Ramadan Mubarak by Bu Yousef/ CC
The holiest month in the Islamic calendar is Ramadan. The time of Ramadan is determined by the sighting of a new moon. Ramadan remembers the month when Allah revealed the Quran to the Prophet Muhammad.
In 2018, Ramadan is celebrated from May 15th to June 14th. During that time, the world’s Muslim population will fast each day from sunrise to sunset. Fasting during the month of Ramadan is one of five pillars of Islam. Before sunrise a meal may be taken (Suhoor) and then the fast is broken after sunset (Iftar). Often the meal includes dates, dried apricots, complex carbohydrates (e.g., wheat, oats, lentils), grilled meat, and milk-based puddings.
During the month of Ramadan, Muslims are encouraged to dress conservatively and at the very least ensure shoulders and knees are well covered during the Holy Month. Listening to music is acceptable but it may not be loud. During the daylight hours, they are not to engage in anything that satisfies the human appetites e.g., smoking, sex, gossip, food or drink. Ramadan is a time of fasting, of purification. Muslims fast as an act of worship, a chance to get closer to Allah and a way to become more compassionate to those in need.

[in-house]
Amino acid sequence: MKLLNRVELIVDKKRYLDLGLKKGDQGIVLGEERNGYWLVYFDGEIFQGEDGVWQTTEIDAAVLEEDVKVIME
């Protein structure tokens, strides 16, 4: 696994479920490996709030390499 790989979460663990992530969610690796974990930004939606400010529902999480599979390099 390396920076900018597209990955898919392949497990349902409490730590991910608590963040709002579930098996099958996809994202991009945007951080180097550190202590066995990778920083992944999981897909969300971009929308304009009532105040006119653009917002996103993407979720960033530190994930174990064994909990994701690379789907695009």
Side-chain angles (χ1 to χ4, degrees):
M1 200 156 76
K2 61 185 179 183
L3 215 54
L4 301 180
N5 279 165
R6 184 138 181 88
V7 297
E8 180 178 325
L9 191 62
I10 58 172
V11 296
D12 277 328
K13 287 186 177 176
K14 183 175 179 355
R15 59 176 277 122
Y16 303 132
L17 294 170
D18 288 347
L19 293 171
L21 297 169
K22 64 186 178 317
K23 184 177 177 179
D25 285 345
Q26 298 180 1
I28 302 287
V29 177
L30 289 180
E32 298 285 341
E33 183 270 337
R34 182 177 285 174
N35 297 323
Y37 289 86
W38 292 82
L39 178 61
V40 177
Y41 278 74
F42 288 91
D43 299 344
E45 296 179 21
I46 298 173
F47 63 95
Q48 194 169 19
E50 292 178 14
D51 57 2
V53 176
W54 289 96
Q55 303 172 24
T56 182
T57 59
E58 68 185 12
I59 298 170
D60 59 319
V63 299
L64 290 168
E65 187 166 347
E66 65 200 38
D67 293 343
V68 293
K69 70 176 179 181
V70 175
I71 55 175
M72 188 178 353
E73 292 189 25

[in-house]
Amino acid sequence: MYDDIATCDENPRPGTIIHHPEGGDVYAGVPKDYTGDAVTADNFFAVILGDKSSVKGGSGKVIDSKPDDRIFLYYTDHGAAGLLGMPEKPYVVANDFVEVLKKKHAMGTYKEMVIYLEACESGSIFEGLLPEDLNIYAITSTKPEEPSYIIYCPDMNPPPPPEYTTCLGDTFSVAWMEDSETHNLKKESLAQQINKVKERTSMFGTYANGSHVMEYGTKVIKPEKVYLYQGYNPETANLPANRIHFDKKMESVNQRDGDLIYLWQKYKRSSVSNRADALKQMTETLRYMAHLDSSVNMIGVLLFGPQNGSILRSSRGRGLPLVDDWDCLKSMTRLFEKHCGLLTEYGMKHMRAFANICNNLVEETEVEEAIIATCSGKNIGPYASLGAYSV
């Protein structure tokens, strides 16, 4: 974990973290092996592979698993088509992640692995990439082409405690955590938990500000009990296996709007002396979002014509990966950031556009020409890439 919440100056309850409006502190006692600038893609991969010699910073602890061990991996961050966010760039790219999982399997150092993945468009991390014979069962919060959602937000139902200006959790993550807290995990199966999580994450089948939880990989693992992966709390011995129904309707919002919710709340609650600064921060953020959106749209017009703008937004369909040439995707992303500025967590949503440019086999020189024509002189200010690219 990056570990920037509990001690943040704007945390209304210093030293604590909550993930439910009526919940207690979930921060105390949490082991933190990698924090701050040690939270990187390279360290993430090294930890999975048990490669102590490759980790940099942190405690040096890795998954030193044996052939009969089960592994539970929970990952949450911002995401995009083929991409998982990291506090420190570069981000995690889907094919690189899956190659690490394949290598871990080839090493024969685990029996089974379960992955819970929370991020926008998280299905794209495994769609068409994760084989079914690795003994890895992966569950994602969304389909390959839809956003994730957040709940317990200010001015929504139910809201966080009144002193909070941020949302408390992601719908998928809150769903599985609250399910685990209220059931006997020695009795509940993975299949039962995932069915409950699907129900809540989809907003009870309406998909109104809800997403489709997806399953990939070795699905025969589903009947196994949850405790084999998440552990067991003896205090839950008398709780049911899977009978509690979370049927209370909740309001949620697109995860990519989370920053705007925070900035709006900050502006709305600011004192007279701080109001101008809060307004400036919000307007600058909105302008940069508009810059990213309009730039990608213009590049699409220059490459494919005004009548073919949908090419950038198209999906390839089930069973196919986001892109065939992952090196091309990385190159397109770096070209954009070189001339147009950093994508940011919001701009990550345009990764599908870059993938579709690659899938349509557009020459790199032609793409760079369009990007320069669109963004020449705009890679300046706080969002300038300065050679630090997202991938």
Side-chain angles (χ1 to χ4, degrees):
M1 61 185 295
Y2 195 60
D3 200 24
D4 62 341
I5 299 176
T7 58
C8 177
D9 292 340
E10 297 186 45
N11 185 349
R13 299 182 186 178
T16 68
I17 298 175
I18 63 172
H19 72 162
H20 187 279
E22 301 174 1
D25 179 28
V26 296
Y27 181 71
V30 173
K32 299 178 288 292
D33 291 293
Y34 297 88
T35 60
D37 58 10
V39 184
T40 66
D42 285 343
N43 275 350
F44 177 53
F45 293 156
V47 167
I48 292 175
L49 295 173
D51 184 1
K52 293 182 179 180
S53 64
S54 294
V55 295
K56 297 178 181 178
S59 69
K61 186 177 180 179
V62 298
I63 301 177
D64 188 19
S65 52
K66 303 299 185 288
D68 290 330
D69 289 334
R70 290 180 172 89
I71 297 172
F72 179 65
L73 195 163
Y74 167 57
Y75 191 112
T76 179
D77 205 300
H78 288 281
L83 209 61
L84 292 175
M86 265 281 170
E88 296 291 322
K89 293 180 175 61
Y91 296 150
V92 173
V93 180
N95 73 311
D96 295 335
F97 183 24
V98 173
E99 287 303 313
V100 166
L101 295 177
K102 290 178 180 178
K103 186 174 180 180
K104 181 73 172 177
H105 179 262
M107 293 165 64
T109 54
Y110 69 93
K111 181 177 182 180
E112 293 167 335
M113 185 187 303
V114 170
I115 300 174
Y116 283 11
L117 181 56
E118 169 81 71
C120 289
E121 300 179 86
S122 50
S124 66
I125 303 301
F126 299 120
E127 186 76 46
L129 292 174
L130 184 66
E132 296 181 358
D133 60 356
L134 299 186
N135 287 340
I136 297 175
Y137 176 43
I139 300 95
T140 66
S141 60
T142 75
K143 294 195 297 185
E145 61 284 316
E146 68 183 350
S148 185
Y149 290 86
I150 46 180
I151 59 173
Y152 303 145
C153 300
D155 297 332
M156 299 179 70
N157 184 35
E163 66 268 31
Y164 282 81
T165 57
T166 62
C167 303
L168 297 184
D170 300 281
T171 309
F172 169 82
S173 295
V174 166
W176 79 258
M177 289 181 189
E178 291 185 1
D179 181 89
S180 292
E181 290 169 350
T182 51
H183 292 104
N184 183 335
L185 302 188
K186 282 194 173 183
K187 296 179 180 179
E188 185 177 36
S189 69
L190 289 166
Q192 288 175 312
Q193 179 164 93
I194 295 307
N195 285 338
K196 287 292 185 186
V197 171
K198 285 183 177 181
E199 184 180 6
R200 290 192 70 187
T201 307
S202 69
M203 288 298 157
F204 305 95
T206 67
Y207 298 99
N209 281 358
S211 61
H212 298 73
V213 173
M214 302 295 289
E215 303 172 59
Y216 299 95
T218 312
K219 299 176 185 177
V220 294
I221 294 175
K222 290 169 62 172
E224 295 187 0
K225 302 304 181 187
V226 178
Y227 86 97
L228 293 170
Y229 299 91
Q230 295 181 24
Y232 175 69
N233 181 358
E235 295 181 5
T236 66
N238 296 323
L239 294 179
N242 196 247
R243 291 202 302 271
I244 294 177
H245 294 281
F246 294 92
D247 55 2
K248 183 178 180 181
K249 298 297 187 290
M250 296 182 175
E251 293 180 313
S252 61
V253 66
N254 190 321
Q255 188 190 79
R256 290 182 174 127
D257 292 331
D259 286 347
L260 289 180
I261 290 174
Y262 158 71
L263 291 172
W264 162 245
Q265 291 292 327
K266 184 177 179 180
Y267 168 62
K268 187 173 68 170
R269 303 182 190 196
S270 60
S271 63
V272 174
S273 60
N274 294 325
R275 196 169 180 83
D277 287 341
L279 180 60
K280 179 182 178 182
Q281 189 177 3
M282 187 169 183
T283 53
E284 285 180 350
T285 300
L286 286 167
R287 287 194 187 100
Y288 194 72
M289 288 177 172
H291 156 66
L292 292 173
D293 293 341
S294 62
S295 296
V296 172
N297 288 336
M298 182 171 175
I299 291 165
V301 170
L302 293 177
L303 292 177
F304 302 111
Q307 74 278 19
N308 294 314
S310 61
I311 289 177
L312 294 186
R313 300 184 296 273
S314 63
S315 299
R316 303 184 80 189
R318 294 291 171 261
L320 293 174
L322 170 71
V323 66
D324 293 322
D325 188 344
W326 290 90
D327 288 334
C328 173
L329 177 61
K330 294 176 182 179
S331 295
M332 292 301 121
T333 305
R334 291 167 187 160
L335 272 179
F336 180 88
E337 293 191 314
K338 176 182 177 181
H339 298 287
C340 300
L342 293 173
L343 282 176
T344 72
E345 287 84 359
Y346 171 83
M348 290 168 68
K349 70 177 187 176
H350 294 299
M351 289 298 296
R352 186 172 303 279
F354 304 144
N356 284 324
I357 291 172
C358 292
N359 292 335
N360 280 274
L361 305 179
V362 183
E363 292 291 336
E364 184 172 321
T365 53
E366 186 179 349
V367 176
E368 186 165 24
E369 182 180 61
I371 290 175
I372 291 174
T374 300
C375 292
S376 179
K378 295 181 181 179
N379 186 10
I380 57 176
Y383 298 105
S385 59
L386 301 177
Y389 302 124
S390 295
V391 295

To mark the end of fasting, the festival of Eid ul-Fitr is celebrated which may last several days. It is a time of feasting with friends and family. Rich foods are eaten and shared. Muslims don their best clothes and give thanks to Allah. They exchange gifts and decorate their homes for the celebrations.
The Dominican Center honors the faith of Islam and the holy month of Ramadan. We pray for an end to the conflicts in the middle east and to the profiling of Muslims in the United States. We join our Muslin brothers and sisters in prayer, we honor their fast with mindful eating and drinking, and we hold this month as holy.
Karen Rossman, OP